In January last year, we wrote this headline: ‘Google is screwing us — Koos Bekker’. The article (here) told the story of Naspers chairman Bekker, Google, and alleged unfair competition in Poland.
The background: Allegro and Google Poland had been sparring ever since 2012, when Google removed links to Tablica (now called OLX.pl), Poland’s No. 1 general classifieds platform, claiming that it had violated Google’s SEO rules. In turn, Allegro claimed that Google did it to damage competitors and promote its own services. At the time, Allegro even joined the FairSearch.org coalition, lobbying against Google (together with Nokia and Oracle).
By 2014 Allegro was still lobbying against Google – now in Brussels. There Chris Sherwood, a lobbyist working for Allegro, tried to convince the European Commission (EC) that its settlement with Google was very disadvantageous for the European e-commerce market.
In April 2015, the EU formally complained against Google for “… systematically favoring its own comparison shopping product in its general search results pages”. Here is the EC’s complaint and here FairSearch’s reaction.
By early 2016, Bekker was still on Google Poland’s case. When asked by a CapeTalk radio interviewer what Bekker got out of a visit to Davos, Switzerland, Bekker said: “Davos is about the opportunity to meet governments and talk about things. For instance, in Poland, Google is screwing us. It pretends to do an objective search. In fact, (Google Poland) moves traffic to its sites, because they are now starting out in e-commerce.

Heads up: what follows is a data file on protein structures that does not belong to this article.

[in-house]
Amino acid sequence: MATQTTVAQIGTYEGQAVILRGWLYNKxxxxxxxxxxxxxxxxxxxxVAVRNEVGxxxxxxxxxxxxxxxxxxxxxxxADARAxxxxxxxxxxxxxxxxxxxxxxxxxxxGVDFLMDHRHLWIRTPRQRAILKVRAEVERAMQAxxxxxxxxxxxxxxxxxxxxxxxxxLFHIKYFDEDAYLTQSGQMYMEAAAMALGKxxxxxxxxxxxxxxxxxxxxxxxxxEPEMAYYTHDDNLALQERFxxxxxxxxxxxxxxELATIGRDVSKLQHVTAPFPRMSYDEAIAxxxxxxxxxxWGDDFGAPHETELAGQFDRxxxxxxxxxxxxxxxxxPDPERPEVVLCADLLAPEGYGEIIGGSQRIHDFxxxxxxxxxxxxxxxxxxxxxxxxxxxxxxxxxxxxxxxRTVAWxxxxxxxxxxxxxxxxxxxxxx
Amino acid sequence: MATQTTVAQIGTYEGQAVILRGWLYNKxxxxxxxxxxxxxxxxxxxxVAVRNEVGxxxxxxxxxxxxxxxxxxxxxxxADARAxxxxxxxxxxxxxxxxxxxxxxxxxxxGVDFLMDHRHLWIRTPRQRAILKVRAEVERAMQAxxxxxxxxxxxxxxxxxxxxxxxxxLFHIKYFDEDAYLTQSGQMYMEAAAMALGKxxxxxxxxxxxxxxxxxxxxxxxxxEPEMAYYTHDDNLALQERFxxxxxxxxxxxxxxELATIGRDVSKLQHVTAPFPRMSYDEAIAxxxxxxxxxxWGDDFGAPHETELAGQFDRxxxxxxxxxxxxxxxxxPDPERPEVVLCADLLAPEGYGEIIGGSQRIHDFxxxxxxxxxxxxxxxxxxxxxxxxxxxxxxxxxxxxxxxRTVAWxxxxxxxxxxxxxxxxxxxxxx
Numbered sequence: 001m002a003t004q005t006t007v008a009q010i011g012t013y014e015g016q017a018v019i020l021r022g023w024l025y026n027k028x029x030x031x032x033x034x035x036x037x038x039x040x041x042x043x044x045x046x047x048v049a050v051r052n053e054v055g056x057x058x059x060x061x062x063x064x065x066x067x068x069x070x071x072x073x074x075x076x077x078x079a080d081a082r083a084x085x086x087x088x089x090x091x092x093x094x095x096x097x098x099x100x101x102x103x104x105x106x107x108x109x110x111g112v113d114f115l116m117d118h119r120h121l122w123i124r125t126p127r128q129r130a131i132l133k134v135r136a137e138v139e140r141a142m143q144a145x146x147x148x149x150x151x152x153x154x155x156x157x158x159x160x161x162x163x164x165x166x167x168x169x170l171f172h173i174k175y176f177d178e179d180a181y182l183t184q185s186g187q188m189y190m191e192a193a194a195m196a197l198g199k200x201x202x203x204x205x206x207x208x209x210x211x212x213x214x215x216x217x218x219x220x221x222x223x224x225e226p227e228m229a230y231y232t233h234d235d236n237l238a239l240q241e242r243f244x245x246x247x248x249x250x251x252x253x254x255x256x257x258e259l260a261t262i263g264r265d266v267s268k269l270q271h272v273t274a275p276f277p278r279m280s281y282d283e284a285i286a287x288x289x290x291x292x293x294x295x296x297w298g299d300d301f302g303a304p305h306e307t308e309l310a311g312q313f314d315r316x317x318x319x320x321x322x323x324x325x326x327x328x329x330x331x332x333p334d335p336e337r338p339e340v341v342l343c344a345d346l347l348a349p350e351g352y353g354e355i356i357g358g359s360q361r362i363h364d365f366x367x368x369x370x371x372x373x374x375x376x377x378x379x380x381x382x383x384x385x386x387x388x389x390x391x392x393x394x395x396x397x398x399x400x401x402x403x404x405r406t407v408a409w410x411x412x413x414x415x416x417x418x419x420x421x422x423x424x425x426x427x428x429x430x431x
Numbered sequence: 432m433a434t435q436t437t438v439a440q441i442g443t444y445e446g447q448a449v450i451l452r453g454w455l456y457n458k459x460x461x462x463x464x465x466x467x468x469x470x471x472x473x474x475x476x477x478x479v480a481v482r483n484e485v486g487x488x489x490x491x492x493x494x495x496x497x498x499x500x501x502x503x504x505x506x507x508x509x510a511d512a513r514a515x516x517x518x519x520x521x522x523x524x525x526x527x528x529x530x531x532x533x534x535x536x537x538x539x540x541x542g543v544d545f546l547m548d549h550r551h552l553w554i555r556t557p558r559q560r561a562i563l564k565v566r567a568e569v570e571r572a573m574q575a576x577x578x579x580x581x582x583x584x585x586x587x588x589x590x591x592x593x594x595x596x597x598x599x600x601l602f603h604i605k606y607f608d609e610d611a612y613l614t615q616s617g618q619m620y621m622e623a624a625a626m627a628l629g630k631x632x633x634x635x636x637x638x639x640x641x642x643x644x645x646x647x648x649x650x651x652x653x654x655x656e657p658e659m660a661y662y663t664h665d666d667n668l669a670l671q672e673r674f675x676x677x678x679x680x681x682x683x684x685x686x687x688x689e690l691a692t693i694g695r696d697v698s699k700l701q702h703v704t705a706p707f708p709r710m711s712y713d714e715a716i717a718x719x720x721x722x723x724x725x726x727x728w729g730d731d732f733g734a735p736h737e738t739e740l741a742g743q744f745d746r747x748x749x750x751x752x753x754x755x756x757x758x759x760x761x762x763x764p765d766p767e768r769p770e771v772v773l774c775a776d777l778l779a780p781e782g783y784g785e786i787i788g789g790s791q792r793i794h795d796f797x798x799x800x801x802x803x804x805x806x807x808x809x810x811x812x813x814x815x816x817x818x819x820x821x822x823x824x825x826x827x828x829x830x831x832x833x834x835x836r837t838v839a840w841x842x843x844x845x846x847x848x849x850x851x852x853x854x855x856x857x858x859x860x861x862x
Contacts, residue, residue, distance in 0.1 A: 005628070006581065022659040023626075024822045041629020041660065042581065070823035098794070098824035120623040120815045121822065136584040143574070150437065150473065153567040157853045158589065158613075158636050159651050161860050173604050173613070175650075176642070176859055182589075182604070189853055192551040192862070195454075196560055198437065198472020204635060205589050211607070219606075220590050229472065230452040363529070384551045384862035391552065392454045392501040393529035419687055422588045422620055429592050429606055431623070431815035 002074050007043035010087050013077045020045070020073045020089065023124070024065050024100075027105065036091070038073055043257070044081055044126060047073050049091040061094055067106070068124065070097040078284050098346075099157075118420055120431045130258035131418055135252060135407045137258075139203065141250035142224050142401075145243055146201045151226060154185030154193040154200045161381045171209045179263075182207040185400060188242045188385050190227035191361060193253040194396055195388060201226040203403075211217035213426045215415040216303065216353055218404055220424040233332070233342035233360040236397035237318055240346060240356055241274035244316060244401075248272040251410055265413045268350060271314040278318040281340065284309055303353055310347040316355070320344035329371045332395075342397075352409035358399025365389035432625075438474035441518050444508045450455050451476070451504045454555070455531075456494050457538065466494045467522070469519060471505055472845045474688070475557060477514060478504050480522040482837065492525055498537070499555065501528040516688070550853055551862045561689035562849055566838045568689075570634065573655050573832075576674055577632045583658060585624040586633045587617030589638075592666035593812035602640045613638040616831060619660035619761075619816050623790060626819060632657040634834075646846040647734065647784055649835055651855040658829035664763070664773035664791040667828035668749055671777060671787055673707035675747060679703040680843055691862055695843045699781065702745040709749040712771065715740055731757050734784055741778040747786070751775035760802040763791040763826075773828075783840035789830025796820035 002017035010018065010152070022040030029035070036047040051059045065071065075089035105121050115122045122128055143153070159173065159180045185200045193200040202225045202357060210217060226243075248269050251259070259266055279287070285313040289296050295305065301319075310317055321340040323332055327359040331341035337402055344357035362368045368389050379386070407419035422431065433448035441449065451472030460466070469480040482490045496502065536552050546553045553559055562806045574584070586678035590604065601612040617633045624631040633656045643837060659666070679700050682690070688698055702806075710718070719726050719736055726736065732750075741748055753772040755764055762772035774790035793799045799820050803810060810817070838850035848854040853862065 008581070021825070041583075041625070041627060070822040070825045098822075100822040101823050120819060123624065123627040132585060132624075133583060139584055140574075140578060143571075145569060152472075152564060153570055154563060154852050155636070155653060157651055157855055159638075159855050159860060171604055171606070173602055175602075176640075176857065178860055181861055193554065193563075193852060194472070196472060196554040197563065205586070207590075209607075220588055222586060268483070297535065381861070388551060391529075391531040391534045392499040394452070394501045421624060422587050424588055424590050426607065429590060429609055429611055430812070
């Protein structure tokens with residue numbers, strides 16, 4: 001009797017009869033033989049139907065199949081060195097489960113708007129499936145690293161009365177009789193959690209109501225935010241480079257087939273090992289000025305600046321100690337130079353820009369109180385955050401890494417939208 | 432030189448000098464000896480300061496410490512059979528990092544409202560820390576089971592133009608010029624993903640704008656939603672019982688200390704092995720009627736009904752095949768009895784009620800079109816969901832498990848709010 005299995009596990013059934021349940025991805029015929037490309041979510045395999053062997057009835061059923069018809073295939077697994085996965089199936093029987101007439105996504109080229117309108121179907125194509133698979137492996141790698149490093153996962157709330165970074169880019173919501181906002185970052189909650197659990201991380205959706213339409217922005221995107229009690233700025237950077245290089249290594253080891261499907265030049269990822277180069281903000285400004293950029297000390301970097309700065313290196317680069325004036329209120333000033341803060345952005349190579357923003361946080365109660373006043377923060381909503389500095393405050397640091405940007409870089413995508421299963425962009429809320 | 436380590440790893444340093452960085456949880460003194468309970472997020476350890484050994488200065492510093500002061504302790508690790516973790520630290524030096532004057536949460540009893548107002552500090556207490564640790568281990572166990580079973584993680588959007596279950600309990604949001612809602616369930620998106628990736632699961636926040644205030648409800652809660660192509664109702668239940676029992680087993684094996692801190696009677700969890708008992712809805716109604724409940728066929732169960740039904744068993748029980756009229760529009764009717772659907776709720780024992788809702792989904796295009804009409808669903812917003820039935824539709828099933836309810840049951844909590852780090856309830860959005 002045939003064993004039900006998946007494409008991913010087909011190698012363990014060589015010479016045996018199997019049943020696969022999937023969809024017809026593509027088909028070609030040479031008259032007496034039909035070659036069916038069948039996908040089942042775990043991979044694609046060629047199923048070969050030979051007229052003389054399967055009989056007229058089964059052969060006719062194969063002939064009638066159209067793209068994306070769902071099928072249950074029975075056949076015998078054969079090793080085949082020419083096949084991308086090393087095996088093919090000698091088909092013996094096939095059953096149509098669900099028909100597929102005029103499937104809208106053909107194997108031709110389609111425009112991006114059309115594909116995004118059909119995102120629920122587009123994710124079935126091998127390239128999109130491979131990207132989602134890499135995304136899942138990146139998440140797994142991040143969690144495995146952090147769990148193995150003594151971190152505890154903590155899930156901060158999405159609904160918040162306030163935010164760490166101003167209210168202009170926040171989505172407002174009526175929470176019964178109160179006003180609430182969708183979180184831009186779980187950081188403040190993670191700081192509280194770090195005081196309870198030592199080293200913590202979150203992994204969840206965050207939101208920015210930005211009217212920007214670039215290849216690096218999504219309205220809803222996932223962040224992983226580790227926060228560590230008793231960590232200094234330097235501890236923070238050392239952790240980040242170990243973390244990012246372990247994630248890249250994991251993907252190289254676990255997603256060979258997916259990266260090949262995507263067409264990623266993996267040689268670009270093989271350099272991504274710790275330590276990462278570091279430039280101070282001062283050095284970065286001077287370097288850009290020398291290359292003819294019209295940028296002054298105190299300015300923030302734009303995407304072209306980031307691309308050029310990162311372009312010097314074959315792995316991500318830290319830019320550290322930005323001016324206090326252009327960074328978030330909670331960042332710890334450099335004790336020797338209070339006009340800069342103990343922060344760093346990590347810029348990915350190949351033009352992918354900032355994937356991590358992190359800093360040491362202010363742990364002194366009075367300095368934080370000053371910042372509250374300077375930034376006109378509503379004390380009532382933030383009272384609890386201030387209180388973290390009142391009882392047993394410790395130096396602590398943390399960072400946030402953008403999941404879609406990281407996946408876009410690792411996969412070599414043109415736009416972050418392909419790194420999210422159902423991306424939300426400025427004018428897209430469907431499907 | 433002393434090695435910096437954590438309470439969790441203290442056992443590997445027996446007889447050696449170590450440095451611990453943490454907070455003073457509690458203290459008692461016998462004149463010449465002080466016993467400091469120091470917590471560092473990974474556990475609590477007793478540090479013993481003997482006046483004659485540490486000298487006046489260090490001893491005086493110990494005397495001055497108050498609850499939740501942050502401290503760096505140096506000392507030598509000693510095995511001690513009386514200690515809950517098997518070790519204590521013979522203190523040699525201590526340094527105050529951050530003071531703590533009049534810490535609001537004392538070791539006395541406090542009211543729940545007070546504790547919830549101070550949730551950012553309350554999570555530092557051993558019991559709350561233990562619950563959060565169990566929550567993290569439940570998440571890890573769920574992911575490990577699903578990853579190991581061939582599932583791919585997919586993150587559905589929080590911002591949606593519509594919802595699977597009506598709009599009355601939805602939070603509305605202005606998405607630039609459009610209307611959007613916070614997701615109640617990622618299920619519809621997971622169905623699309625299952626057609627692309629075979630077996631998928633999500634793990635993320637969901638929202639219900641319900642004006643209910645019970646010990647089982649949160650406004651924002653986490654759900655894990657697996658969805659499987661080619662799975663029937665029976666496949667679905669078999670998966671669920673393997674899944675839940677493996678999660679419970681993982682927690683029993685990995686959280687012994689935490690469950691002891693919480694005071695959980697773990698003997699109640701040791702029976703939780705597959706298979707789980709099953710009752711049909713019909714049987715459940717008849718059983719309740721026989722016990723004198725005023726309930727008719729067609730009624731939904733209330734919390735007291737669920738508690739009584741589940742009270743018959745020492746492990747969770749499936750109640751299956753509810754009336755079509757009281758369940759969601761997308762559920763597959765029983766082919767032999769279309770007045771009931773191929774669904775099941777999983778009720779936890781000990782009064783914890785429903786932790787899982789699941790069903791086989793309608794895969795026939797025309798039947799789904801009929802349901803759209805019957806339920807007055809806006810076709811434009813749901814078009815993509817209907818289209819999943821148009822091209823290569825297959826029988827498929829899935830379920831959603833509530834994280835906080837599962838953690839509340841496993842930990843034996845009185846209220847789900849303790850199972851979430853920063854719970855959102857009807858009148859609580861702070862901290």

“So, the EC has to look into the situation, and decide whether this constitutes misuse of a monopoly.” At Davos, one gets the opportunity to talk to governments about (such issues), he said.
Back to now: This week the European Commission gave judgment in favor of the complainants (of which Koos Bekker was one) and slapped a fine of €2.42 billion ($2.6 billion U.S.) on Google for ” … breaching EU antitrust rules.
“Google has abused its market dominance as a search engine by giving an illegal advantage to another Google product, namely its comparison shopping service. The company must now end the conduct within 90 days or face penalty payments of up to 5 percent of the average daily worldwide turnover of Alphabet, Google’s parent company.” (Emphasis ours.)
By now, Allegro and Ceneo, the price comparison site in Poland, had long been sold off by Naspers, and Bekker’s direct interest in the problem probably much diminished. But, this EC ruling might just be relevant for another reason — one that all classified verticals (especially jobs verticals) might want to know about.
A hint: Read the whole judgment here. And all the time substitute the phrase “own job-search service” for the phrase “own comparison-shopping service” in the ruling.
Christmas might just have come early for the managers of Indeed! At least, this judgment may cause Google to be very careful how it presents Google Jobs listings against other job search engines (although for now, Google Jobs is not yet in Europe, and Google is not planning its own listings on Google Jobs, or whatever it ends up being called — the Google Jobs Cloud API – editor). At least. There might even be more dynamite in the ruling.
Talk to your legal advisor. Then, you may want to put in a “thank you call” to Koos Bekker.